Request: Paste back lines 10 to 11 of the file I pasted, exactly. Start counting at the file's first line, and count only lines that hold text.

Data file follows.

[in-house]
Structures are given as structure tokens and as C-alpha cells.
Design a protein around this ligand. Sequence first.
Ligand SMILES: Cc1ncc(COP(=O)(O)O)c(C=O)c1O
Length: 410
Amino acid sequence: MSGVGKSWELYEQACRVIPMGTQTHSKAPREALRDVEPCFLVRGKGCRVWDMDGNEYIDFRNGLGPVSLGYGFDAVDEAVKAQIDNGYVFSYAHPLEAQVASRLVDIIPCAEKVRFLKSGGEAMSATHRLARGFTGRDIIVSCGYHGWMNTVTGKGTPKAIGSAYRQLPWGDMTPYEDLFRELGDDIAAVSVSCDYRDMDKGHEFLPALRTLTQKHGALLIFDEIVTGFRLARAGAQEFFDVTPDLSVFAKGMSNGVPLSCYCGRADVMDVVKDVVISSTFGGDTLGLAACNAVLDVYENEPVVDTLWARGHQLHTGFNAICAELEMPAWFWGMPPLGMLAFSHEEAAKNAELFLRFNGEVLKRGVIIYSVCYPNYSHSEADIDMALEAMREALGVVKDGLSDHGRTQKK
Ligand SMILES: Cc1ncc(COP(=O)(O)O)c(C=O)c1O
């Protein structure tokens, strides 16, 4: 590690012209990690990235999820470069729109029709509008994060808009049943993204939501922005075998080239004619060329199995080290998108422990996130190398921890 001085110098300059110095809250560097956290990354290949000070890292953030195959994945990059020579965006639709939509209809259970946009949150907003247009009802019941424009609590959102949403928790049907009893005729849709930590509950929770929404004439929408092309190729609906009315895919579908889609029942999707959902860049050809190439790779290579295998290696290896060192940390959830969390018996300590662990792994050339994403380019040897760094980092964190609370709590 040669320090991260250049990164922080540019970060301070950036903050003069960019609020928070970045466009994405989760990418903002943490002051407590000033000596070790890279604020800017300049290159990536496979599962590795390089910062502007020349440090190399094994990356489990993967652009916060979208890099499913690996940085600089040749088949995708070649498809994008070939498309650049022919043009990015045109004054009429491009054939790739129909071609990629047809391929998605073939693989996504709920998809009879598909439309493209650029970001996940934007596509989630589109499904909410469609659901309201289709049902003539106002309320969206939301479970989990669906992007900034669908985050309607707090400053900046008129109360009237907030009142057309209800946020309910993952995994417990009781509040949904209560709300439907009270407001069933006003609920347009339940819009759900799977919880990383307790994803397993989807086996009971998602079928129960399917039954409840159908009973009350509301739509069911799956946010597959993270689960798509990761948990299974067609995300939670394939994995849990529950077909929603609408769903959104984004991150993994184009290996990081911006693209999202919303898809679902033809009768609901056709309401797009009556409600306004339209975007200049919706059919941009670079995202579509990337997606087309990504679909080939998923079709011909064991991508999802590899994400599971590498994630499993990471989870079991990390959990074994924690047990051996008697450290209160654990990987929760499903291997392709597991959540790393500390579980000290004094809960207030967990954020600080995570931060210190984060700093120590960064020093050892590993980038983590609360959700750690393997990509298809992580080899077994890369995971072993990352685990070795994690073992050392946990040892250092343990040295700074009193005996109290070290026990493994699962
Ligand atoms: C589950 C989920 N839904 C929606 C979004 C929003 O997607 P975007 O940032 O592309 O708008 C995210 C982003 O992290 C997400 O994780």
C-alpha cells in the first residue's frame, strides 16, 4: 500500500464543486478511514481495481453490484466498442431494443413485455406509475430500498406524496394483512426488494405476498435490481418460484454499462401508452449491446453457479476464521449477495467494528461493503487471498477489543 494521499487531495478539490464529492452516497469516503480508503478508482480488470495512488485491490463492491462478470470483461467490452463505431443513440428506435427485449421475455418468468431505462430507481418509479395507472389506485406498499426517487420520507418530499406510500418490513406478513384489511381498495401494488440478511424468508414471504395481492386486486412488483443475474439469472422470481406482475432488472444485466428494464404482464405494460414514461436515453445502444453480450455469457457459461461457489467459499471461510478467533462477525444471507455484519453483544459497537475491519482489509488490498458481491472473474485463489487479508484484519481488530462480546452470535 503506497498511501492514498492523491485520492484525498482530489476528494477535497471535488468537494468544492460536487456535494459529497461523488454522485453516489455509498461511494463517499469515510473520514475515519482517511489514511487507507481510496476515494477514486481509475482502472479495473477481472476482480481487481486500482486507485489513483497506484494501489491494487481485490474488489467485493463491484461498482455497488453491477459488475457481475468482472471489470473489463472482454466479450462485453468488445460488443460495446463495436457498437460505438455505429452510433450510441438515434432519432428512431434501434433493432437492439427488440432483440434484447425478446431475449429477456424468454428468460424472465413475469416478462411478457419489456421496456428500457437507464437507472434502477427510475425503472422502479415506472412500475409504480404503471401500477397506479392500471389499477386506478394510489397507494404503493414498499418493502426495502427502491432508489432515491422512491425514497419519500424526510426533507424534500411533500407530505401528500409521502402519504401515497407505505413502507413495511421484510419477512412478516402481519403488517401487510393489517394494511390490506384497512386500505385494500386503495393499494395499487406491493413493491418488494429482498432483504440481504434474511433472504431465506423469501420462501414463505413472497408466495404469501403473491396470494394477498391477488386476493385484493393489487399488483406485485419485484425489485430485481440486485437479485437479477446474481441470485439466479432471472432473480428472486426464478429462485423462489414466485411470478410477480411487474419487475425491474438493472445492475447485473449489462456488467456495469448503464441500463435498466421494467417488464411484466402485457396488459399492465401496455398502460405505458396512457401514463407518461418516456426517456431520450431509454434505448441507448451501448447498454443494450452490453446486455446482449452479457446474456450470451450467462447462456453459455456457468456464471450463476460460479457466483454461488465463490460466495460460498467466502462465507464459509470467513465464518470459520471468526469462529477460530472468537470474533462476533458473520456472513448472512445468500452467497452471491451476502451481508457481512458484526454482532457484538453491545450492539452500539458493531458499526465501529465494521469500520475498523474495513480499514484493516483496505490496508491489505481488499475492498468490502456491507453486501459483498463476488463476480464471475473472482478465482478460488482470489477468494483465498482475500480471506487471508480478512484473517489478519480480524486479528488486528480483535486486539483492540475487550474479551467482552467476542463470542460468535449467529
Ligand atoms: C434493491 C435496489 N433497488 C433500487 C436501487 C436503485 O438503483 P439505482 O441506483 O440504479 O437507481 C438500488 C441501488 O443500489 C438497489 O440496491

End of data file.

C-alpha cells in the first residue's frame, strides 16, 4: 500500500464543486478511514481495481453490484466498442431494443413485455406509475430500498406524496394483512426488494405476498435490481418460484454499462401508452449491446453457479476464521449477495467494528461493503487471498477489543 494521499487531495478539490464529492452516497469516503480508503478508482480488470495512488485491490463492491462478470470483461467490452463505431443513440428506435427485449421475455418468468431505462430507481418509479395507472389506485406498499426517487420520507418530499406510500418490513406478513384489511381498495401494488440478511424468508414471504395481492386486486412488483443475474439469472422470481406482475432488472444485466428494464404482464405494460414514461436515453445502444453480450455469457457459461461457489467459499471461510478467533462477525444471507455484519453483544459497537475491519482489509488490498458481491472473474485463489487479508484484519481488530462480546452470535 503506497498511501492514498492523491485520492484525498482530489476528494477535497471535488468537494468544492460536487456535494459529497461523488454522485453516489455509498461511494463517499469515510473520514475515519482517511489514511487507507481510496476515494477514486481509475482502472479495473477481472476482480481487481486500482486507485489513483497506484494501489491494487481485490474488489467485493463491484461498482455497488453491477459488475457481475468482472471489470473489463472482454466479450462485453468488445460488443460495446463495436457498437460505438455505429452510433450510441438515434432519432428512431434501434433493432437492439427488440432483440434484447425478446431475449429477456424468454428468460424472465413475469416478462411478457419489456421496456428500457437507464437507472434502477427510475425503472422502479415506472412500475409504480404503471401500477397506479392500471389499477386506478394510489397507494404503493414498499418493502426495502427502491432508489432515491422512491425514497419519500424526510426533507424534500411533500407530505401528500409521502402519504401515497407505505413502507413495511421484510419477512412478516402481519403488517401487510393489517394494511390490506384497512386500505385494500386503495393499494395499487406491493413493491418488494429482498432483504440481504434474511433472504431465506423469501420462501414463505413472497408466495404469501403473491396470494394477498391477488386476493385484493393489487399488483406485485419485484425489485430485481440486485437479485437479477446474481441470485439466479432471472432473480428472486426464478429462485423462489414466485411470478410477480411487474419487475425491474438493472445492475447485473449489462456488467456495469448503464441500463435498466421494467417488464411484466402485457396488459399492465401496455398502460405505458396512457401514463407518461418516456426517456431520450431509454434505448441507448451501448447498454443494450452490453446486455446482449452479457446474456450470451450467462447462456453459455456457468456464471450463476460460479457466483454461488465463490460466495460460498467466502462465507464459509470467513465464518470459520471468526469462529477460530472468537470474533462476533458473520456472513448472512445468500452467497452471491451476502451481508457481512458484526454482532457484538453491545450492539452500539458493531458499526465501529465494521469500520475498523474495513480499514484493516483496505490496508491489505481488499475492498468490502456491507453486501459483498463476488463476480464471475473472482478465482478460488482470489477468494483465498482475500480471506487471508480478512484473517489478519480480524486479528488486528480483535486486539483492540475487550474479551467482552467476542463470542460468535449467529
Ligand atoms: C434493491 C435496489 N433497488 C433500487 C436501487 C436503485 O438503483 P439505482 O441506483 O440504479 O437507481 C438500488 C441501488 O443500489 C438497489 O440496491